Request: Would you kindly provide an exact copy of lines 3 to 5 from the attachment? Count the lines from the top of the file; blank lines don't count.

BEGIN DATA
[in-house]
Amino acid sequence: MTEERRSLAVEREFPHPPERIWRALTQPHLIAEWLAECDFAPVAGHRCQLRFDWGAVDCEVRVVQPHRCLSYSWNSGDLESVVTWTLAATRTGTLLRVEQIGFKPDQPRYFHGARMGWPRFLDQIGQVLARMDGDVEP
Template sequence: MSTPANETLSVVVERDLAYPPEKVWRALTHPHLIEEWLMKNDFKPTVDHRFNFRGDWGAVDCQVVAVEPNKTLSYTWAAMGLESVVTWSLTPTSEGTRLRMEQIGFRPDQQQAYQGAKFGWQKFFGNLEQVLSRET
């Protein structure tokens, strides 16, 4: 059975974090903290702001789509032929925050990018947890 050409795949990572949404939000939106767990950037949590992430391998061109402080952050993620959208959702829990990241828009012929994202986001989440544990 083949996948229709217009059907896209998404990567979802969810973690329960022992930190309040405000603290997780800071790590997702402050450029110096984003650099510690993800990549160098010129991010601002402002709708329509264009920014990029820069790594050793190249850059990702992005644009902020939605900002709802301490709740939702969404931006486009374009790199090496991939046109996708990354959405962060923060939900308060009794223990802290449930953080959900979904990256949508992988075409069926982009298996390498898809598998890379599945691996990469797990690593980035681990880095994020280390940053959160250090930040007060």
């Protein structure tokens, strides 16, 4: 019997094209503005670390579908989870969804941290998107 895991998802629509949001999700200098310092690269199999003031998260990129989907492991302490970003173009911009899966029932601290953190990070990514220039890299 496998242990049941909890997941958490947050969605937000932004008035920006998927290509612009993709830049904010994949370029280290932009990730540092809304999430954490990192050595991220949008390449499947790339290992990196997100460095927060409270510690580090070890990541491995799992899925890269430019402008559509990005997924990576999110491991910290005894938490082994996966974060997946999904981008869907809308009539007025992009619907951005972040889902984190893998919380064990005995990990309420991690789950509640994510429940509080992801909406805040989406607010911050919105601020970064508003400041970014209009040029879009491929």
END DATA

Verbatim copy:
Template sequence: MSTPANETLSVVVERDLAYPPEKVWRALTHPHLIEEWLMKNDFKPTVDHRFNFRGDWGAVDCQVVAVEPNKTLSYTWAAMGLESVVTWSLTPTSEGTRLRMEQIGFRPDQQQAYQGAKFGWQKFFGNLEQVLSRET
């Protein structure tokens, strides 16, 4: 059975974090903290702001789509032929925050990018947890 050409795949990572949404939000939106767990950037949590992430391998061109402080952050993620959208959702829990990241828009012929994202986001989440544990 083949996948229709217009059907896209998404990567979802969810973690329960022992930190309040405000603290997780800071790590997702402050450029110096984003650099510690993800990549160098010129991010601002402002709708329509264009920014990029820069790594050793190249850059990702992005644009902020939605900002709802301490709740939702969404931006486009374009790199090496991939046109996708990354959405962060923060939900308060009794223990802290449930953080959900979904990256949508992988075409069926982009298996390498898809598998890379599945691996990469797990690593980035681990880095994020280390940053959160250090930040007060």
């Protein structure tokens, strides 16, 4: 019997094209503005670390579908989870969804941290998107 895991998802629509949001999700200098310092690269199999003031998260990129989907492991302490970003173009911009899966029932601290953190990070990514220039890299 496998242990049941909890997941958490947050969605937000932004008035920006998927290509612009993709830049904010994949370029280290932009990730540092809304999430954490990192050595991220949008390449499947790339290992990196997100460095927060409270510690580090070890990541491995799992899925890269430019402008559509990005997924990576999110491991910290005894938490082994996966974060997946999904981008869907809308009539007025992009619907951005972040889902984190893998919380064990005995990990309420991690789950509640994510429940509080992801909406805040989406607010911050919105601020970064508003400041970014209009040029879009491929």